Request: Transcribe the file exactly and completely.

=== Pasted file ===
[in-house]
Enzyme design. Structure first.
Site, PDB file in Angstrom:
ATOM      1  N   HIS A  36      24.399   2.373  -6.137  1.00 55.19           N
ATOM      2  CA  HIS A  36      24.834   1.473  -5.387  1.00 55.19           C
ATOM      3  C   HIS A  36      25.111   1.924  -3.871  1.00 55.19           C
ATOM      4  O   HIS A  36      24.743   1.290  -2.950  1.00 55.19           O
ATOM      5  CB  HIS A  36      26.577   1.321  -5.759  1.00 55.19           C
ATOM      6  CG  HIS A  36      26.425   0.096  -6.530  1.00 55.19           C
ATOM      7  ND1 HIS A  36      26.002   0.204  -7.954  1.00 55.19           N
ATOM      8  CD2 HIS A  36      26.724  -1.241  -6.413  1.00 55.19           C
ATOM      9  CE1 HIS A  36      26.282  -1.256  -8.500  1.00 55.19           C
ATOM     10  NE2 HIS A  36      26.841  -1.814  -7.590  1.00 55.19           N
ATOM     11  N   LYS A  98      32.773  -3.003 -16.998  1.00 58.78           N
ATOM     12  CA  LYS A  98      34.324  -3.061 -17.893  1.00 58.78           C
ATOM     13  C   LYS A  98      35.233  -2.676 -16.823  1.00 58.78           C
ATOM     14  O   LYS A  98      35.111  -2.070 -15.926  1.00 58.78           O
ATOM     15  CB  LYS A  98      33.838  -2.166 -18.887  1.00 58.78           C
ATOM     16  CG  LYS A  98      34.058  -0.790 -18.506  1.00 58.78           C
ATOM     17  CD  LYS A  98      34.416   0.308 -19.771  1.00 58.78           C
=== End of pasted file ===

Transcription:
[in-house]
Enzyme design. Structure first.
Site, PDB file in Angstrom:
ATOM      1  N   HIS A  36      24.399   2.373  -6.137  1.00 55.19           N
ATOM      2  CA  HIS A  36      24.834   1.473  -5.387  1.00 55.19           C
ATOM      3  C   HIS A  36      25.111   1.924  -3.871  1.00 55.19           C
ATOM      4  O   HIS A  36      24.743   1.290  -2.950  1.00 55.19           O
ATOM      5  CB  HIS A  36      26.577   1.321  -5.759  1.00 55.19           C
ATOM      6  CG  HIS A  36      26.425   0.096  -6.530  1.00 55.19           C
ATOM      7  ND1 HIS A  36      26.002   0.204  -7.954  1.00 55.19           N
ATOM      8  CD2 HIS A  36      26.724  -1.241  -6.413  1.00 55.19           C
ATOM      9  CE1 HIS A  36      26.282  -1.256  -8.500  1.00 55.19           C
ATOM     10  NE2 HIS A  36      26.841  -1.814  -7.590  1.00 55.19           N
ATOM     11  N   LYS A  98      32.773  -3.003 -16.998  1.00 58.78           N
ATOM     12  CA  LYS A  98      34.324  -3.061 -17.893  1.00 58.78           C
ATOM     13  C   LYS A  98      35.233  -2.676 -16.823  1.00 58.78           C
ATOM     14  O   LYS A  98      35.111  -2.070 -15.926  1.00 58.78           O
ATOM     15  CB  LYS A  98      33.838  -2.166 -18.887  1.00 58.78           C
ATOM     16  CG  LYS A  98      34.058  -0.790 -18.506  1.00 58.78           C
ATOM     17  CD  LYS A  98      34.416   0.308 -19.771  1.00 58.78           C